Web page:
Osprey numbers bounced back a bit but still came in 38% below their 10-year average at 111. In the 2016 edition of the Northeast Hawk Watch Report, Drew Panko points out that while Osprey breeding has increased, “numbers counted in migration has been decreasing for the last 30 years…” The cause remains a mystery. Why the N. Harrier numbers are reaching rock bottom is not so mysterious, with their habitat of wetlands and fields disappearing at an alarming rate. The 26 logged this fall is pathetic and well below the record 101 logged in 1980. Bald Eagles are on an amazing rebound, especially in the last 10 years. The 85 noted this season (44 adults, 38 immature, and 3 unknown) was above average. Always uncommon in the northeast, the Golden Eagle came in at an average 4: 3 adult, 1 immature.
We did not begin counting Turkey Vultures until the 1980’s, and differentiating locals from migrants has always been a challenge. The 320 counted this fall was above average, and so were the 96 Black Vultures. 1985 produced the first Black Vulture ever seen over our lookout, and now they’re quite common. Local C. Ravens were with us almost daily with up to 5 counted. 681 Monarch Butterflies surpassed last year’s 131, the majority moving between October 3 and 11.Ruby-throated Hummingbirds barely made an appearance with a mere 15 recorded. Denise Farrell noted 3,515 Canada Geese, September 28, as part of our final 10,365 counted between September 28 and November 11. The high Brant count was 95 on November 4, with 146 tallied by season’s end, and only 10 Snow Geese showed up, with a single Snow hanging on to the end of a skein of Canadas, November 7. Between October 31 and November 10, 19 C. Loons were observed heading east towards Greenwood Lake. Other birds of interest included:
1 Pine Warbler
2 1st C. Nighthawk (5 more, 9/3 – 9/13), 1st Black-throated Green & Red-eyed Vireo
6 1st Prairie (another 3 on 9/10) & Magnolia Warblers, 1st Scarlet Tanager
7 Cape May Warbler
11 Tennessee Warbler & 2 Am. Redstarts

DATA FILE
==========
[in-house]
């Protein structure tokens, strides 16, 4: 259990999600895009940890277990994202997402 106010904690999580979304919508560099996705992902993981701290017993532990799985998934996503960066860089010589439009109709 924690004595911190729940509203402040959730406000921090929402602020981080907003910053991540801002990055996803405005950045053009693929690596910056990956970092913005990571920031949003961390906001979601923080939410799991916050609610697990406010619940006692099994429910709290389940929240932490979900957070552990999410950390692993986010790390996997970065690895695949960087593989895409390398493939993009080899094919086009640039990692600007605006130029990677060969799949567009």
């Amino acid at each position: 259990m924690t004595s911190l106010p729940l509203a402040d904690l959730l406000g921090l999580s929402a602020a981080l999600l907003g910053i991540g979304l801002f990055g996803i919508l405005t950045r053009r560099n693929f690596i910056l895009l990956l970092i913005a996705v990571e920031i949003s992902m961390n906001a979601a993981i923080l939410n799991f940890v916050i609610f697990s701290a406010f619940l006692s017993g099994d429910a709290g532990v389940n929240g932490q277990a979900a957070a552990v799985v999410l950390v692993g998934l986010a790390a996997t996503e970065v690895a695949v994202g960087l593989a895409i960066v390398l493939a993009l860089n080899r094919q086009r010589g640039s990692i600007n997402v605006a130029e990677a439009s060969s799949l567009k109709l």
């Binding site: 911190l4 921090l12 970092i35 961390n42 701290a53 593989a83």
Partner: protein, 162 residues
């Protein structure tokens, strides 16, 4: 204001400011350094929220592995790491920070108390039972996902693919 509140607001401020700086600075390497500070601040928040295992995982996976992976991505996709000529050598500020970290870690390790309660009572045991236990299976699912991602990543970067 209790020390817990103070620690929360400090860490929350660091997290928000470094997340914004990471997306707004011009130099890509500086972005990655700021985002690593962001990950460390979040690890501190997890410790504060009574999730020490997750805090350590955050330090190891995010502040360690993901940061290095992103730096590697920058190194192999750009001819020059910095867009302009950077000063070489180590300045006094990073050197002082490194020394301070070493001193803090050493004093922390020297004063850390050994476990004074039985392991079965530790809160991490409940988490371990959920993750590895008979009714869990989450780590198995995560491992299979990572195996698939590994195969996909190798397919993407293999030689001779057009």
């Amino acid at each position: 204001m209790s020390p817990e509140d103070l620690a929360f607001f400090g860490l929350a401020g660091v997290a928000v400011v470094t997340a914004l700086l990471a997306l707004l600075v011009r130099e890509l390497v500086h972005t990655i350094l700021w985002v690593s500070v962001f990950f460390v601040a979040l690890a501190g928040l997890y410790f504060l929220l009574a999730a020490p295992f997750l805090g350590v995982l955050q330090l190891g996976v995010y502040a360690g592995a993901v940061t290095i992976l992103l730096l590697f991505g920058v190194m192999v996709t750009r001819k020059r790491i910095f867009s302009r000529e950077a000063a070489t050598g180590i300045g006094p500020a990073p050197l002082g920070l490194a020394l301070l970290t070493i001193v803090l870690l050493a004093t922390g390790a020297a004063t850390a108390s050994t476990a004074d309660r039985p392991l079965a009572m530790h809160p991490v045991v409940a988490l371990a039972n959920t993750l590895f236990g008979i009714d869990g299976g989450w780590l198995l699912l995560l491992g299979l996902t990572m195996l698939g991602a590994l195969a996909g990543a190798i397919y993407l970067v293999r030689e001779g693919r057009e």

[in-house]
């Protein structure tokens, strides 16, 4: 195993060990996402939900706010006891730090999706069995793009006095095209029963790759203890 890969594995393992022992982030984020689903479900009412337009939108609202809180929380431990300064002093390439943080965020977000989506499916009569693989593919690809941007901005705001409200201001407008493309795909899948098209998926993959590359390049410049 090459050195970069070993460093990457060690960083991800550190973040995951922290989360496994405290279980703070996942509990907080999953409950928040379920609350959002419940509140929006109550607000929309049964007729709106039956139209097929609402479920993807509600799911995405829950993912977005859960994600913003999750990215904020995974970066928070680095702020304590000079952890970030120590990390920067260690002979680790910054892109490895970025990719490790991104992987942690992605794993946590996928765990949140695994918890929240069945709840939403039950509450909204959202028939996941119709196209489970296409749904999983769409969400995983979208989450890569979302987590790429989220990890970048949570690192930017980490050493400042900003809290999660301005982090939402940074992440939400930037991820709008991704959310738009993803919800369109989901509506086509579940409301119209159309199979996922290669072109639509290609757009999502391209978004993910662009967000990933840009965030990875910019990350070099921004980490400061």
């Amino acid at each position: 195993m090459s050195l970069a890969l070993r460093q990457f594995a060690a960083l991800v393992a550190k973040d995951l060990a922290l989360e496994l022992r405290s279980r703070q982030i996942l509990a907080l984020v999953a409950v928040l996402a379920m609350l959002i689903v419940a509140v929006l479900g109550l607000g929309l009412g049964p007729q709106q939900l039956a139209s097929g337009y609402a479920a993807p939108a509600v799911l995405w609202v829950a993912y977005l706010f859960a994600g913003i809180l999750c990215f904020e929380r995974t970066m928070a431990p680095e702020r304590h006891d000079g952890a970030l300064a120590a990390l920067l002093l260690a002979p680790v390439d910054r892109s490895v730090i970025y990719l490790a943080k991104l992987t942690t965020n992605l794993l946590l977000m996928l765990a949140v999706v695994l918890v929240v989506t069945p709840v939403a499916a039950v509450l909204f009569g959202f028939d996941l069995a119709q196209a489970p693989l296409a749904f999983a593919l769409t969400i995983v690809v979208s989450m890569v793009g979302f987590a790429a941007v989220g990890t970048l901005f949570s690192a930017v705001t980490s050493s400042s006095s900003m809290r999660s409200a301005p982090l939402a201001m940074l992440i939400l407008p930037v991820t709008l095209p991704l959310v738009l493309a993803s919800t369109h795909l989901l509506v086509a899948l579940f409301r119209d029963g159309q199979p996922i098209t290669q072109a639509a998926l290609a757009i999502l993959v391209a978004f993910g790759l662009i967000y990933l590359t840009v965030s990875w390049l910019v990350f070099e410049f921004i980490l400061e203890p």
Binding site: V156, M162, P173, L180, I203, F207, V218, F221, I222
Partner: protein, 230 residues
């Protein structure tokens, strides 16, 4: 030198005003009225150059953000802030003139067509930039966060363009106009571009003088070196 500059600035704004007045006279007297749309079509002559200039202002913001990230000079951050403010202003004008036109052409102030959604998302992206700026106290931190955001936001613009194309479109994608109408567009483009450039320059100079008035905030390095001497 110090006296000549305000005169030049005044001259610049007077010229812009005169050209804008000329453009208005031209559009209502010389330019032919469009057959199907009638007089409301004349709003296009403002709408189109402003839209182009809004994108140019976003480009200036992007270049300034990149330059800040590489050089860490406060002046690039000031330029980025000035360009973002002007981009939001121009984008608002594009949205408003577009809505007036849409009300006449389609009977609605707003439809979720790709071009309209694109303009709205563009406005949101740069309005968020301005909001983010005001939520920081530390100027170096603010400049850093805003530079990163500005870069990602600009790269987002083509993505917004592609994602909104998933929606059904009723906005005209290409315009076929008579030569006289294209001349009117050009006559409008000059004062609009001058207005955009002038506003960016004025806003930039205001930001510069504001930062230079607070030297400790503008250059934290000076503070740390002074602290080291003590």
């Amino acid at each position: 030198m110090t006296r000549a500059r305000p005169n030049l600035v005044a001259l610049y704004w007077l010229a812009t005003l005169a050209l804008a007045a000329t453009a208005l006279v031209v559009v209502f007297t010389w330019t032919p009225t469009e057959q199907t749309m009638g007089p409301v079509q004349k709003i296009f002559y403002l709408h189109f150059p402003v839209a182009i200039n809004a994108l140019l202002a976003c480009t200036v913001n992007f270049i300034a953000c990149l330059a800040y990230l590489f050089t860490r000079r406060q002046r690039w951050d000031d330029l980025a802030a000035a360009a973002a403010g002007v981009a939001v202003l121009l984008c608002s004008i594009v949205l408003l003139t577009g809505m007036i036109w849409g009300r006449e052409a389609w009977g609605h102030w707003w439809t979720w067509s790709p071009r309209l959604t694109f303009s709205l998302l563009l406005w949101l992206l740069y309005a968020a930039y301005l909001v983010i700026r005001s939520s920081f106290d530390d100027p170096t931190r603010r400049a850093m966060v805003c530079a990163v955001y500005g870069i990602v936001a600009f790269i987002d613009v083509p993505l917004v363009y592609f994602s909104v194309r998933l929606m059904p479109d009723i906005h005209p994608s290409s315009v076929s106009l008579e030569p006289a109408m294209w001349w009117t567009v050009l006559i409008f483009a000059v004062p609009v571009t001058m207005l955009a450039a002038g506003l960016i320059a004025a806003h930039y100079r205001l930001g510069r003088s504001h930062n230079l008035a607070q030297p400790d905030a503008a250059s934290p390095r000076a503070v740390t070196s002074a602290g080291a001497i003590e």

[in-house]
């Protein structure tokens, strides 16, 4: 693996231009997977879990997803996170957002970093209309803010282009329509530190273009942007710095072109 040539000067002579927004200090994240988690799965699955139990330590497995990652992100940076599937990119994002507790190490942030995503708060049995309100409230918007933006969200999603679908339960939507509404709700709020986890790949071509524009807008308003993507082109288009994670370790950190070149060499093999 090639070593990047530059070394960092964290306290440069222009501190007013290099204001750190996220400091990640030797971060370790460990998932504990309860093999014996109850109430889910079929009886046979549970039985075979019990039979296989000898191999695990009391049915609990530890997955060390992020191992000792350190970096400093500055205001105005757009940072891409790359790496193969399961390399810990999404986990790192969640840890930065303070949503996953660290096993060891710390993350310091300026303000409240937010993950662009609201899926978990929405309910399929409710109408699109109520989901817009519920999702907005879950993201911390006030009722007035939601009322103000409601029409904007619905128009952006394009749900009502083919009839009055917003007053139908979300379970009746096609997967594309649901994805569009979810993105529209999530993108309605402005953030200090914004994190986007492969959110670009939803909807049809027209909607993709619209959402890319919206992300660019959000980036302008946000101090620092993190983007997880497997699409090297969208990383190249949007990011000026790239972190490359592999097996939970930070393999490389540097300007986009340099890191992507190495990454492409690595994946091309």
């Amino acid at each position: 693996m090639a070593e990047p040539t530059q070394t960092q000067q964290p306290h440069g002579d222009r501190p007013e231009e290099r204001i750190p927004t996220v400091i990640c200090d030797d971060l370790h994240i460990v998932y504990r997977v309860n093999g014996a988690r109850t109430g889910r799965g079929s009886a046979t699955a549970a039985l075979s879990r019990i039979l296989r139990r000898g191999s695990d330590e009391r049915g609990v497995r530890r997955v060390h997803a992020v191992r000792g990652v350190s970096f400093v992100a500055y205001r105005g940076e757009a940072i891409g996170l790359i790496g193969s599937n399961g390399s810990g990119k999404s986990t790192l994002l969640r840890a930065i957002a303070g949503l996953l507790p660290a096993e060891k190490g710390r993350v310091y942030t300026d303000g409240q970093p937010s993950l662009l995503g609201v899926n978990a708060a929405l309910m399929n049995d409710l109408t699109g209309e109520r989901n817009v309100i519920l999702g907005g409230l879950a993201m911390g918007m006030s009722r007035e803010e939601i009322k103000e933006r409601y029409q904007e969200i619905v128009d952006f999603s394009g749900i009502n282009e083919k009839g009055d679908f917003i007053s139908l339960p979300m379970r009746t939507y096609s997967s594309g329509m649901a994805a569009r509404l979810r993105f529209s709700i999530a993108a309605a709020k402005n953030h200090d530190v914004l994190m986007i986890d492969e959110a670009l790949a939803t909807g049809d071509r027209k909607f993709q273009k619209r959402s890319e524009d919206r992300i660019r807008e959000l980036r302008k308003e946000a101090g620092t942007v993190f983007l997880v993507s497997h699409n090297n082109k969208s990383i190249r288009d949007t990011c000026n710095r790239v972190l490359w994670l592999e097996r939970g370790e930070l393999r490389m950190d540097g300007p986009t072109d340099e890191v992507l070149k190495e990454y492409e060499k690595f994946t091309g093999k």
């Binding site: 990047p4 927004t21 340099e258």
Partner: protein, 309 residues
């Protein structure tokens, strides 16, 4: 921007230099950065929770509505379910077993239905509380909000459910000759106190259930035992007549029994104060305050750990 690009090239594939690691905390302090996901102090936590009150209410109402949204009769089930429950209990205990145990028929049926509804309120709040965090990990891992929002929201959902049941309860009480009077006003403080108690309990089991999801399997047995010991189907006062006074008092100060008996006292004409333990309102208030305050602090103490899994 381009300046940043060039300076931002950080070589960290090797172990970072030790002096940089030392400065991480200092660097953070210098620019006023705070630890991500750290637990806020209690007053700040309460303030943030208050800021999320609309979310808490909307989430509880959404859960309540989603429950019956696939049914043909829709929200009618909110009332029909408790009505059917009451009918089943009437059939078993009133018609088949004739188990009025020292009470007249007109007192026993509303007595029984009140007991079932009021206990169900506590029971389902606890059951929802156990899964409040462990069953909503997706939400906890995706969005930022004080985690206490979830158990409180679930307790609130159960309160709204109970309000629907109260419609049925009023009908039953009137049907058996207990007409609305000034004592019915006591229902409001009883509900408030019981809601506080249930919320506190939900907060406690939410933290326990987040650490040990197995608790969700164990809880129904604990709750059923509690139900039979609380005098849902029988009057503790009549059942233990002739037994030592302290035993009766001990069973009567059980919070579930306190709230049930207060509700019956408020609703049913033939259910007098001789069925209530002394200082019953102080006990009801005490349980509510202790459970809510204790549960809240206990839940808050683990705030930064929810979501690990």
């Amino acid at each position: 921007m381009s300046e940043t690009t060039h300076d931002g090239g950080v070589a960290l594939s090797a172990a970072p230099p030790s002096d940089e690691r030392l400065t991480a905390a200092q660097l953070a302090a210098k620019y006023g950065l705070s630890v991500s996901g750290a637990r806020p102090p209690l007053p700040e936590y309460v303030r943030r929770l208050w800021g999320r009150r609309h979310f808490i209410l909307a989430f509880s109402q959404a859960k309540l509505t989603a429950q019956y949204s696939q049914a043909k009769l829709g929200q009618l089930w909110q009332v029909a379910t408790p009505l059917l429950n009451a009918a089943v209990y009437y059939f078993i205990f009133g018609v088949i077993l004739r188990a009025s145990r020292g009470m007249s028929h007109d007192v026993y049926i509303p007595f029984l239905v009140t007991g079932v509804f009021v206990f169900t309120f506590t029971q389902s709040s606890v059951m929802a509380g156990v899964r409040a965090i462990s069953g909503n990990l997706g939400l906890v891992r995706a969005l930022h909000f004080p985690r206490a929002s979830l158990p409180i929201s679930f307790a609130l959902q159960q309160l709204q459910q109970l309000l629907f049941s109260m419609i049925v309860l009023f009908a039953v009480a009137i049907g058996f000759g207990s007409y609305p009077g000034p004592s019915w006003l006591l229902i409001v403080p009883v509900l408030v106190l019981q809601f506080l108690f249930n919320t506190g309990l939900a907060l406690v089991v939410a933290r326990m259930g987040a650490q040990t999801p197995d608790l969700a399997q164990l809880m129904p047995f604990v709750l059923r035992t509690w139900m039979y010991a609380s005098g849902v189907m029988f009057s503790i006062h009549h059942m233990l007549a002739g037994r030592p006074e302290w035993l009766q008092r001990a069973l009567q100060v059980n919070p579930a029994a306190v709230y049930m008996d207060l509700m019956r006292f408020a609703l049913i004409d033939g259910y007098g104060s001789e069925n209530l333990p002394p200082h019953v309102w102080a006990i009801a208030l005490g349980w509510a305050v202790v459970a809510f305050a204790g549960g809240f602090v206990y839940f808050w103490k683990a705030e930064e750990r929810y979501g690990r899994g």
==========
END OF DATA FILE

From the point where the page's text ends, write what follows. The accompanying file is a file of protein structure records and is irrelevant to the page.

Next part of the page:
12 1st DC Cormorant (1 on 9/21 & 14 on 9/28)
18 1st C. Loon
22 59 DC Cormorants (235 on 11/4)
23 1st Yellow-bellied Sapsucker seen through 11/14 (male & immature 11/14)
24 Brown Creeper
27 E. Towhee (another 9/21)
39 Blackpoll, E. Phoebe
1 Ovenbird, 1st Ruby-crowned Kinglet
8 14 Chipping Sparrows
16 Great Blue Heron (another 11/4)
17 Nashville Warbler, Field Sparrow, 2 Song Sparrows
21 3 Golden-crowned Kinglets, 3 Dark-eyed Juncos
25 6 Mute Swans (4 adult, 2 immature)
28 Hermit Thrush
2 25 E. Bluebirds
4 3 White-crowned Sparrows
5 Red-headed Woodpecker
15 Great Horned Owl heard
What better way to celebrate our 60th consecutive watch then with an official hat, designed and donated by Denise Farrell. Our hats on to Denise! A big thank you to all our friends and visitors who helped with the count, especially Bill Connolly, Rob Stone and Carol Linguanti. Sadly, Carol passed away at the end of October. Carol was the creator of our Facebook page and a dedicated leader. Her enthusiasm and spirit will be missed. A big thank you to our clean-up crew: Denise, Rick Hansen, Rochana Muenthongchin, Beverly Robertson, Gene Tappan, Will Test, and especially Tom Millard who installed our box on the platform. Our deep appreciation to Evan Masten and George Profus, NYDEC Region 3 Foresters who cut some of the larger trees blocking our views before the watch began, and to Mike Limatola and Kurt Muenz and the Fyke Nature Association for providing the insurance required for our Clean-Up day. We are also indebted to Fyke for their continued support, especially for sponsoring our Mount Peter site on Hawkcount.org. We continue as the oldest, continually run, all-volunteer fall watch in the country.